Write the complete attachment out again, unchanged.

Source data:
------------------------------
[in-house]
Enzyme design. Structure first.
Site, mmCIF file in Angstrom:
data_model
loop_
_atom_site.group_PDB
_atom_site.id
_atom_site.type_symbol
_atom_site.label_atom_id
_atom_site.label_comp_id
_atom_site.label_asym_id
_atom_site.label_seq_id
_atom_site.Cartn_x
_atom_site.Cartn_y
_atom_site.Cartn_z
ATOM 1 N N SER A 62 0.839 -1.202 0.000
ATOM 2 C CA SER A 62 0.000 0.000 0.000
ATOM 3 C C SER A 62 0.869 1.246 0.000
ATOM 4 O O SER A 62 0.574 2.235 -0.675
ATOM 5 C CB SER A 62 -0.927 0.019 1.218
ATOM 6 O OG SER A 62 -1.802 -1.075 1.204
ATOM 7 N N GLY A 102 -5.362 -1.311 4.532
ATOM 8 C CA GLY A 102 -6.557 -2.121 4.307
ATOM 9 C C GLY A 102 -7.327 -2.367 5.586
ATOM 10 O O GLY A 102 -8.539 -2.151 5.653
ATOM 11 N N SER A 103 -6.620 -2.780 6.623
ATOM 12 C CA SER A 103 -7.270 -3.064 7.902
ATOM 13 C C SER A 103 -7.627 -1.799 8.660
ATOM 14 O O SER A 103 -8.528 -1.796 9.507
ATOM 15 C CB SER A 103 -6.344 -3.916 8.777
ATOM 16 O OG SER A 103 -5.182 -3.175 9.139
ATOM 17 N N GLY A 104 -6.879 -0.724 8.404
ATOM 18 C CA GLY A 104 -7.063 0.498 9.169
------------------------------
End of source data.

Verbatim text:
[in-house]
Enzyme design. Structure first.
Site, mmCIF file in Angstrom:
data_model
loop_
_atom_site.group_PDB
_atom_site.id
_atom_site.type_symbol
_atom_site.label_atom_id
_atom_site.label_comp_id
_atom_site.label_asym_id
_atom_site.label_seq_id
_atom_site.Cartn_x
_atom_site.Cartn_y
_atom_site.Cartn_z
ATOM 1 N N SER A 62 0.839 -1.202 0.000
ATOM 2 C CA SER A 62 0.000 0.000 0.000
ATOM 3 C C SER A 62 0.869 1.246 0.000
ATOM 4 O O SER A 62 0.574 2.235 -0.675
ATOM 5 C CB SER A 62 -0.927 0.019 1.218
ATOM 6 O OG SER A 62 -1.802 -1.075 1.204
ATOM 7 N N GLY A 102 -5.362 -1.311 4.532
ATOM 8 C CA GLY A 102 -6.557 -2.121 4.307
ATOM 9 C C GLY A 102 -7.327 -2.367 5.586
ATOM 10 O O GLY A 102 -8.539 -2.151 5.653
ATOM 11 N N SER A 103 -6.620 -2.780 6.623
ATOM 12 C CA SER A 103 -7.270 -3.064 7.902
ATOM 13 C C SER A 103 -7.627 -1.799 8.660
ATOM 14 O O SER A 103 -8.528 -1.796 9.507
ATOM 15 C CB SER A 103 -6.344 -3.916 8.777
ATOM 16 O OG SER A 103 -5.182 -3.175 9.139
ATOM 17 N N GLY A 104 -6.879 -0.724 8.404
ATOM 18 C CA GLY A 104 -7.063 0.498 9.169